In the Picture: Teun Voeten’s Tunnel People

Talk October 20, 2010 7:00 PM

Dutch photographer, Teun Voeten, is an award winning photojournalist and author. He has covered conflicts in the former Yugoslavia, Rwanda, Sudan, Angola, Sierra Leone, Liberia, Afghanistan, Colombia, Iraq, Lebanon and Gaza. His work has been featured in publications such as Vanity Fair, Newsweek, The New Yorker, and National Geographic, among others. Voeten is also a contributing photographer for organisations such as the International Red Cross, Doctors Without Borders, Human Rights Watch and the United Nations.

In the mid-nineties however, he took a break from war reporting. For five months he lived, slept and worked in a tunnel underneath Manhattan’s well-heeled Upper West Side. He lived alongside an eclectic mix of outsiders: Vietnam veterans, hippies, crack addicts, Cuban refugees, convicted killers, computer programmers, philosophical recluses and criminal runaways. His book on this community, Tunnel People was originally published in the Netherlands in 1996 and widely acclaimed for its anthropological and journalistic merits.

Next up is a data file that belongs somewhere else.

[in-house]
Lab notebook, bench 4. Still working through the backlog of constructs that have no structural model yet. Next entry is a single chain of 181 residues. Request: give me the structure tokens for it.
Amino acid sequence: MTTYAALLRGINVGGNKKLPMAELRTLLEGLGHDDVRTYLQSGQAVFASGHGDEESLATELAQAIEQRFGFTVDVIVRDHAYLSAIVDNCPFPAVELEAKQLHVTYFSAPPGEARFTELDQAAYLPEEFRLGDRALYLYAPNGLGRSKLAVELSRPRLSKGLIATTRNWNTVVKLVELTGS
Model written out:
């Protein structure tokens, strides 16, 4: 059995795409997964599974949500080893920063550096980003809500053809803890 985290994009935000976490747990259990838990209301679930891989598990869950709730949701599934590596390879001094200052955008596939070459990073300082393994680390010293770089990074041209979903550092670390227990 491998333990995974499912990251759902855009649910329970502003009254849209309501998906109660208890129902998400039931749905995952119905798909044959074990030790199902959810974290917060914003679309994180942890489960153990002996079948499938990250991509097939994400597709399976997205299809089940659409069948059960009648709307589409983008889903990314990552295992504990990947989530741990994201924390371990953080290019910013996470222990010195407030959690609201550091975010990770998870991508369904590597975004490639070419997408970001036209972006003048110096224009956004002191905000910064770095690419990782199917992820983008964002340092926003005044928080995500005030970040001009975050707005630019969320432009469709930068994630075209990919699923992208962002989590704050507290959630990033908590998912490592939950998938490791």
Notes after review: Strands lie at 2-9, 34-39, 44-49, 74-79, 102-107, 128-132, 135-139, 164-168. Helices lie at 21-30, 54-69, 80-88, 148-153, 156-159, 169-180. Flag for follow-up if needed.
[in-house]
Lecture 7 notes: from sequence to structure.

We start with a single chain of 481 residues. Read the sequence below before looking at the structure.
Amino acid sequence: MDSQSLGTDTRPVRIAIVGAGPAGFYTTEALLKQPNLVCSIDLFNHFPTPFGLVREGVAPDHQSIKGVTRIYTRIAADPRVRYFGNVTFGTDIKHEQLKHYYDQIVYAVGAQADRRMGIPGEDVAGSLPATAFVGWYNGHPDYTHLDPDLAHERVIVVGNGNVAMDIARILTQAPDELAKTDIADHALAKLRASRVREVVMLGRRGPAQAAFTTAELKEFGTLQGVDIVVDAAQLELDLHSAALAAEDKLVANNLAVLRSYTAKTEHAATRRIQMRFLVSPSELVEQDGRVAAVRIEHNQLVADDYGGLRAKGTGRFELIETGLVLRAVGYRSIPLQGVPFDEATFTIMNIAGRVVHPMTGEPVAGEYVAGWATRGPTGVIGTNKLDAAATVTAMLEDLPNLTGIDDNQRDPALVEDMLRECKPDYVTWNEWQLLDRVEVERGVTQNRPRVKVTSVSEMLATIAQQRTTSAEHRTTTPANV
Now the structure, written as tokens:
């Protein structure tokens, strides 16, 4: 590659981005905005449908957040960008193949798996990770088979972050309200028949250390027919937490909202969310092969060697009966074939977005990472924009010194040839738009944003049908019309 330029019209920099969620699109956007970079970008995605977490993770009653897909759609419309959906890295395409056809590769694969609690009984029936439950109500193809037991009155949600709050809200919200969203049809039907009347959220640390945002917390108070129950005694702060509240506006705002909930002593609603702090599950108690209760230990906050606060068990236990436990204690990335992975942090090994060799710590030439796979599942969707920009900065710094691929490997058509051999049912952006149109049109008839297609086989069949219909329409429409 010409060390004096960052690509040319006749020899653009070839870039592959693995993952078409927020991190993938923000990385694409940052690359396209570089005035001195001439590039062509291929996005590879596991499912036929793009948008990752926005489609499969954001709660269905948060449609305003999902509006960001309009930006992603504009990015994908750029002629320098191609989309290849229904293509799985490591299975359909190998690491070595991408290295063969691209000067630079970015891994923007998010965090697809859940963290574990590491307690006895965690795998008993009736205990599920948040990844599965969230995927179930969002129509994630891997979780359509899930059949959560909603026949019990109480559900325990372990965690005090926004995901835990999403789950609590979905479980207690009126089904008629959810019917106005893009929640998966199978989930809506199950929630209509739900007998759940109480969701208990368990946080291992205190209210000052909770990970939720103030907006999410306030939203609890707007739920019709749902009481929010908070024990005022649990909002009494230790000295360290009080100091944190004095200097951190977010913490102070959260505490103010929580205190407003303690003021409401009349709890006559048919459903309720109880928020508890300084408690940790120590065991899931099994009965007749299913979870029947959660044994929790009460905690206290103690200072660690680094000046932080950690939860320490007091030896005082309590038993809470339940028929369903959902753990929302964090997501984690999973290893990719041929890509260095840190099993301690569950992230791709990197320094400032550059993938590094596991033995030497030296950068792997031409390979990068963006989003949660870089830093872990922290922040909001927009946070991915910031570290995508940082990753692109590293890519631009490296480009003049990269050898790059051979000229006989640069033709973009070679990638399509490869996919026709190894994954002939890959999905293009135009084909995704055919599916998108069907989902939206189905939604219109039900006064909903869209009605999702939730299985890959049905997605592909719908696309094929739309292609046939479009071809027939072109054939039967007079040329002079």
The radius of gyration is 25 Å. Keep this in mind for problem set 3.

Recently Voeten went back to find his former co-inhabitants of New York’s Tunnels. In this updated version of Tunnel People, Voeten describes what has happened in the thirteen years since they were evicted from the tunnels and offered alternative housing by Amtrak. Hot on the heals of his New York book launch, Voeten will be at the Frontline Club to discuss his career and his experience of living underground in Manhattan.